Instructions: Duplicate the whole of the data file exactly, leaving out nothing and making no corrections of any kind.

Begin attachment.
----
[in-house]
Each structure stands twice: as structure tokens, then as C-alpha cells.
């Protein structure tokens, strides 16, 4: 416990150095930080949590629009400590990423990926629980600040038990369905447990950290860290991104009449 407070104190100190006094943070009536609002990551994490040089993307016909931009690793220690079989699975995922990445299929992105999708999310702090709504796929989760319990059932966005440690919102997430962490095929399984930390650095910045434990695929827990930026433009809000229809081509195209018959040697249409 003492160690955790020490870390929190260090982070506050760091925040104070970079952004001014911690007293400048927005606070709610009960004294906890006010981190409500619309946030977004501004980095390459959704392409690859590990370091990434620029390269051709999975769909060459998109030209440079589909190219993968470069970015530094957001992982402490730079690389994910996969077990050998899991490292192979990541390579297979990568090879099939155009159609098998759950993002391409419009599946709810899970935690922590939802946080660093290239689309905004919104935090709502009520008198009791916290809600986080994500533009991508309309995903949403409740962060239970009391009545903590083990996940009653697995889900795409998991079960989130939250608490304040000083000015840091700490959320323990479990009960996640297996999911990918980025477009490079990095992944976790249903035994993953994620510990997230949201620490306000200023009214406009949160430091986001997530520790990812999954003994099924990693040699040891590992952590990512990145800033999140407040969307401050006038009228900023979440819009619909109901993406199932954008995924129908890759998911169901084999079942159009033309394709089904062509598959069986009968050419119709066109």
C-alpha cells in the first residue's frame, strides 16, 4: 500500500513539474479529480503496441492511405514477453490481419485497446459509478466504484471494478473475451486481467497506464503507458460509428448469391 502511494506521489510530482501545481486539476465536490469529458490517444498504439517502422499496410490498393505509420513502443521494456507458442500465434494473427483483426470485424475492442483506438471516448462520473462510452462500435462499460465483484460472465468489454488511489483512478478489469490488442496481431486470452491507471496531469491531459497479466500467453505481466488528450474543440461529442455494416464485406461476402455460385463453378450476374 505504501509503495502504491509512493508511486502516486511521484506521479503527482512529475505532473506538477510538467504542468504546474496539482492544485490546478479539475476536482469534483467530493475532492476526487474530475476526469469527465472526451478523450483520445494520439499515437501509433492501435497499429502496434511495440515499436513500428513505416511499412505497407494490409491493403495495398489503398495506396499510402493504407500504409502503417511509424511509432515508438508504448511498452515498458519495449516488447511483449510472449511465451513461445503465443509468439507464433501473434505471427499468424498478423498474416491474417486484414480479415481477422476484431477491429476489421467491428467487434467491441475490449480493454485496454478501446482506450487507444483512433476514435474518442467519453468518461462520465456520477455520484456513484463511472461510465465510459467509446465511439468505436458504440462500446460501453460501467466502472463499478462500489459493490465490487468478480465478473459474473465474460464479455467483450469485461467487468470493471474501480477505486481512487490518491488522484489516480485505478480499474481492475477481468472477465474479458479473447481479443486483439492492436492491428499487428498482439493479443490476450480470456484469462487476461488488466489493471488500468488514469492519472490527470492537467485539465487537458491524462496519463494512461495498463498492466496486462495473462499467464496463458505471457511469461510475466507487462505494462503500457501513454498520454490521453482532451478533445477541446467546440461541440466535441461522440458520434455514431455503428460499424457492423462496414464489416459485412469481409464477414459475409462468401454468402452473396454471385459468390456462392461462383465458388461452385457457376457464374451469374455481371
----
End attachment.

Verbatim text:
[in-house]
Each structure stands twice: as structure tokens, then as C-alpha cells.
């Protein structure tokens, strides 16, 4: 416990150095930080949590629009400590990423990926629980600040038990369905447990950290860290991104009449 407070104190100190006094943070009536609002990551994490040089993307016909931009690793220690079989699975995922990445299929992105999708999310702090709504796929989760319990059932966005440690919102997430962490095929399984930390650095910045434990695929827990930026433009809000229809081509195209018959040697249409 003492160690955790020490870390929190260090982070506050760091925040104070970079952004001014911690007293400048927005606070709610009960004294906890006010981190409500619309946030977004501004980095390459959704392409690859590990370091990434620029390269051709999975769909060459998109030209440079589909190219993968470069970015530094957001992982402490730079690389994910996969077990050998899991490292192979990541390579297979990568090879099939155009159609098998759950993002391409419009599946709810899970935690922590939802946080660093290239689309905004919104935090709502009520008198009791916290809600986080994500533009991508309309995903949403409740962060239970009391009545903590083990996940009653697995889900795409998991079960989130939250608490304040000083000015840091700490959320323990479990009960996640297996999911990918980025477009490079990095992944976790249903035994993953994620510990997230949201620490306000200023009214406009949160430091986001997530520790990812999954003994099924990693040699040891590992952590990512990145800033999140407040969307401050006038009228900023979440819009619909109901993406199932954008995924129908890759998911169901084999079942159009033309394709089904062509598959069986009968050419119709066109």
C-alpha cells in the first residue's frame, strides 16, 4: 500500500513539474479529480503496441492511405514477453490481419485497446459509478466504484471494478473475451486481467497506464503507458460509428448469391 502511494506521489510530482501545481486539476465536490469529458490517444498504439517502422499496410490498393505509420513502443521494456507458442500465434494473427483483426470485424475492442483506438471516448462520473462510452462500435462499460465483484460472465468489454488511489483512478478489469490488442496481431486470452491507471496531469491531459497479466500467453505481466488528450474543440461529442455494416464485406461476402455460385463453378450476374 505504501509503495502504491509512493508511486502516486511521484506521479503527482512529475505532473506538477510538467504542468504546474496539482492544485490546478479539475476536482469534483467530493475532492476526487474530475476526469469527465472526451478523450483520445494520439499515437501509433492501435497499429502496434511495440515499436513500428513505416511499412505497407494490409491493403495495398489503398495506396499510402493504407500504409502503417511509424511509432515508438508504448511498452515498458519495449516488447511483449510472449511465451513461445503465443509468439507464433501473434505471427499468424498478423498474416491474417486484414480479415481477422476484431477491429476489421467491428467487434467491441475490449480493454485496454478501446482506450487507444483512433476514435474518442467519453468518461462520465456520477455520484456513484463511472461510465465510459467509446465511439468505436458504440462500446460501453460501467466502472463499478462500489459493490465490487468478480465478473459474473465474460464479455467483450469485461467487468470493471474501480477505486481512487490518491488522484489516480485505478480499474481492475477481468472477465474479458479473447481479443486483439492492436492491428499487428498482439493479443490476450480470456484469462487476461488488466489493471488500468488514469492519472490527470492537467485539465487537458491524462496519463494512461495498463498492466496486462495473462499467464496463458505471457511469461510475466507487462505494462503500457501513454498520454490521453482532451478533445477541446467546440461541440466535441461522440458520434455514431455503428460499424457492423462496414464489416459485412469481409464477414459475409462468401454468402452473396454471385459468390456462392461462383465458388461452385457457376457464374451469374455481371